New Jersey-born actor Allen Garfield — who played key roles in movies like “Nashville” and “Beverly Hills Cop II” — has died after getting coronavirus in a Hollywood retirement home.
He was 80.
After suffering a series of strokes, Garfield had been living at the Motion Picture Television Fund Home in Los Angeles, a retirement facility where several people have tested positive for the virus.
He died Tuesday due to complications from COVID-19, his sister, Lois Goorwitz, confirmed.
James Woods — who starred with Garfield in “Citizen Cohn” — remembered him as a “superb” talent.
“Allen and I were friends from our earliest days as actors,” he tweeted. “This is a heartbreaker.”
The author Don Winslow said he “literally never saw a performance by Allen Garfield that wasn’t terrific.”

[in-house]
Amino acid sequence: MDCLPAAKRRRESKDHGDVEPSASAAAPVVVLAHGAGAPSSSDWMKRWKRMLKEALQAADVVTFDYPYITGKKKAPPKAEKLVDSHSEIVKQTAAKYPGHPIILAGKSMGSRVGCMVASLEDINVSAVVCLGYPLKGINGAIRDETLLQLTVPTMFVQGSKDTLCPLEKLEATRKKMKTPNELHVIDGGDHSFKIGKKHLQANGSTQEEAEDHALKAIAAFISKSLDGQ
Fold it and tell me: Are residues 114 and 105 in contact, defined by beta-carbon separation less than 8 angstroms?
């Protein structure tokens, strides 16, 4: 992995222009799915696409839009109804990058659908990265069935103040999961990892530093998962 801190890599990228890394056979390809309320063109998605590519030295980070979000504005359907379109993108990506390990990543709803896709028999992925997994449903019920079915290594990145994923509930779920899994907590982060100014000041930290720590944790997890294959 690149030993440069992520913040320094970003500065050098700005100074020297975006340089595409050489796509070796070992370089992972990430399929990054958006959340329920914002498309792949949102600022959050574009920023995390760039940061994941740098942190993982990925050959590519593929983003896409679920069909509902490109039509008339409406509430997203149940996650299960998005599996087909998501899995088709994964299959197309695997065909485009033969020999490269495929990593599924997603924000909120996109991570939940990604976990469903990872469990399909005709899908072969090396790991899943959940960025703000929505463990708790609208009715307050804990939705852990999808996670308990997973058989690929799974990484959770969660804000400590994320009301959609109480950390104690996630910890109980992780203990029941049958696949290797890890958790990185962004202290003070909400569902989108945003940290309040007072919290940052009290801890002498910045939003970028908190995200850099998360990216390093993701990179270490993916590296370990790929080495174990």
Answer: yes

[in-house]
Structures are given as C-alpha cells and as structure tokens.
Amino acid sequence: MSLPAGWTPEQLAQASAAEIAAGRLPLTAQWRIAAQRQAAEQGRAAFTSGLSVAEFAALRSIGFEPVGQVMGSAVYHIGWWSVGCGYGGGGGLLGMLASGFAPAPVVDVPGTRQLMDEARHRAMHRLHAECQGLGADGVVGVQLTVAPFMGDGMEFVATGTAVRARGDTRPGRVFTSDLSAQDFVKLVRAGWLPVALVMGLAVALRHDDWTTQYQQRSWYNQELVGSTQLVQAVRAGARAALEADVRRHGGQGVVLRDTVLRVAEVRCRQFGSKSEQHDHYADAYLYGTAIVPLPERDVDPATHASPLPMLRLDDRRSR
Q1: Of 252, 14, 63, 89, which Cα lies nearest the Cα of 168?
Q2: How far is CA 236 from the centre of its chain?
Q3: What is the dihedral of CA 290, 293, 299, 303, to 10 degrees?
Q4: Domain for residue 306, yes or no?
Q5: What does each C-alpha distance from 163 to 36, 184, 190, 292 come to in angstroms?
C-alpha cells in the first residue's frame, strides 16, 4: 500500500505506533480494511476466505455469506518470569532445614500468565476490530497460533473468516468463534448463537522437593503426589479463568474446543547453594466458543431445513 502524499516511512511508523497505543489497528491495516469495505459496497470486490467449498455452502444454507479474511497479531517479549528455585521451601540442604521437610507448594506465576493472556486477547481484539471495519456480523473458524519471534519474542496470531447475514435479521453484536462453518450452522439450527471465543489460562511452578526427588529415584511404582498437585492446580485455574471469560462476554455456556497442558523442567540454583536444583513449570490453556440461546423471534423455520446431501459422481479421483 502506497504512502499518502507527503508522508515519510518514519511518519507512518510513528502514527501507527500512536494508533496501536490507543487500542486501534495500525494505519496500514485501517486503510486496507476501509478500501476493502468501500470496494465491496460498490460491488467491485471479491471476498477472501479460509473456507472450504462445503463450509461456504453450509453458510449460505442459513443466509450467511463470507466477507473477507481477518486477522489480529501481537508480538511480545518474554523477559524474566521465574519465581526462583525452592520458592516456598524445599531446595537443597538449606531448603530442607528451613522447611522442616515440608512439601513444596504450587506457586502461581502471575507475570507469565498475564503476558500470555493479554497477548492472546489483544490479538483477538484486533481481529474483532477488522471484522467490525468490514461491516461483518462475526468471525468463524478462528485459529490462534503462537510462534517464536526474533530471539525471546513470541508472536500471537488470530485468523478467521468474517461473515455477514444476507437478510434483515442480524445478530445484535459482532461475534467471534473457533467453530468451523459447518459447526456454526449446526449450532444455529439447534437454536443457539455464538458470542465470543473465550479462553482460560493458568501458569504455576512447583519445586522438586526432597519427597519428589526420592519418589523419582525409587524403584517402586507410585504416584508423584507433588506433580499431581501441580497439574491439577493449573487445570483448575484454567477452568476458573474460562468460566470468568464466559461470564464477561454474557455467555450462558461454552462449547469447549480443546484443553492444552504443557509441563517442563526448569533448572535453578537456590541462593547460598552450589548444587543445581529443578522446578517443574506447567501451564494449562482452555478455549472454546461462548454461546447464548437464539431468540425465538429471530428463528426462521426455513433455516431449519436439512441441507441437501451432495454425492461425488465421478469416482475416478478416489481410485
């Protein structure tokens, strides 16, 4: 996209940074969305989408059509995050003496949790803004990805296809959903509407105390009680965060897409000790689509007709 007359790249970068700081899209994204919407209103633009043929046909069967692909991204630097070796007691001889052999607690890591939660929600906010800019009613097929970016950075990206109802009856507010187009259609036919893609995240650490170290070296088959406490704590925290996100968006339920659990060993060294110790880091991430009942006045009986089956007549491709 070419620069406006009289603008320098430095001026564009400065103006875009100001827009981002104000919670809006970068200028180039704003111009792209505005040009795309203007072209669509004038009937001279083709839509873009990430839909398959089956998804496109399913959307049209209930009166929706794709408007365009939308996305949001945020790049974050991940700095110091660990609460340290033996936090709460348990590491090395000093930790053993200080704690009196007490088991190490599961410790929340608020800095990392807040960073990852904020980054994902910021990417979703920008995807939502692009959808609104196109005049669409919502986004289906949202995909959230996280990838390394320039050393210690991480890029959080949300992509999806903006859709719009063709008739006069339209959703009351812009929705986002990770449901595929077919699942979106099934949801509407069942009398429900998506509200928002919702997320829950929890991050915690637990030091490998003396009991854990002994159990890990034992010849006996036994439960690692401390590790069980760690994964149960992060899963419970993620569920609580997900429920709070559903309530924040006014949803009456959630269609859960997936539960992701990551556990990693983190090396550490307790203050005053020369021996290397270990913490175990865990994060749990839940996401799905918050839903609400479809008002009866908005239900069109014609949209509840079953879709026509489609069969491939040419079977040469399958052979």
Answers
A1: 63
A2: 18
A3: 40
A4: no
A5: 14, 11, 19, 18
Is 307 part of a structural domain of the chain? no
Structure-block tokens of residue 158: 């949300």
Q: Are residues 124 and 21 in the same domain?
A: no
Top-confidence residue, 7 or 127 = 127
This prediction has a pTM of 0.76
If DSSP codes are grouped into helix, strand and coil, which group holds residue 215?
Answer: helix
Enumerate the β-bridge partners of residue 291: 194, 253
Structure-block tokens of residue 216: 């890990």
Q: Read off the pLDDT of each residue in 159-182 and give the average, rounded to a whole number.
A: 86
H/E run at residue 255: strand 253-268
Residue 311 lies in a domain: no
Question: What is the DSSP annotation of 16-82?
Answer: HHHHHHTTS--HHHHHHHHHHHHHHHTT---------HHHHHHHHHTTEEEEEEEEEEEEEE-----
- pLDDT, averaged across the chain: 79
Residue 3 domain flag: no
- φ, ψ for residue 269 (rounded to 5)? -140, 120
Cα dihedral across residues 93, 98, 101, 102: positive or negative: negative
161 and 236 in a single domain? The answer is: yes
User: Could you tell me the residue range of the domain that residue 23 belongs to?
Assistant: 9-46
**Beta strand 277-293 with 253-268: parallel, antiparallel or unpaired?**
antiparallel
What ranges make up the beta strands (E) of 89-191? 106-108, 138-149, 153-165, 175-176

“One of those not so well known actors that makes everything they are in better,” he said.
Born in Newark, Garfield covered sports by day for New Jersey’s Star-Ledger — while studying at night under Lee Strasberg at Manhattan’s famous Actor’s Studio.
He would become a supporting-player mainstay of some of the best films of the ‘70s, including “The Conversation,” “The Candidate,” “Nashville” and “The Front Page.”
He continued landing key supporting roles, including in “The Cotton Club” and as the furious police chief in 1987’s “Beverly Hills Cop II.”
Garfield then suffered several strokes, including one shortly before filming Roman Polanski’s “The Ninth Gate” in 1999, and one in 2004 that led to his residence at the Motion Picture Television Fund Home.
With Post wires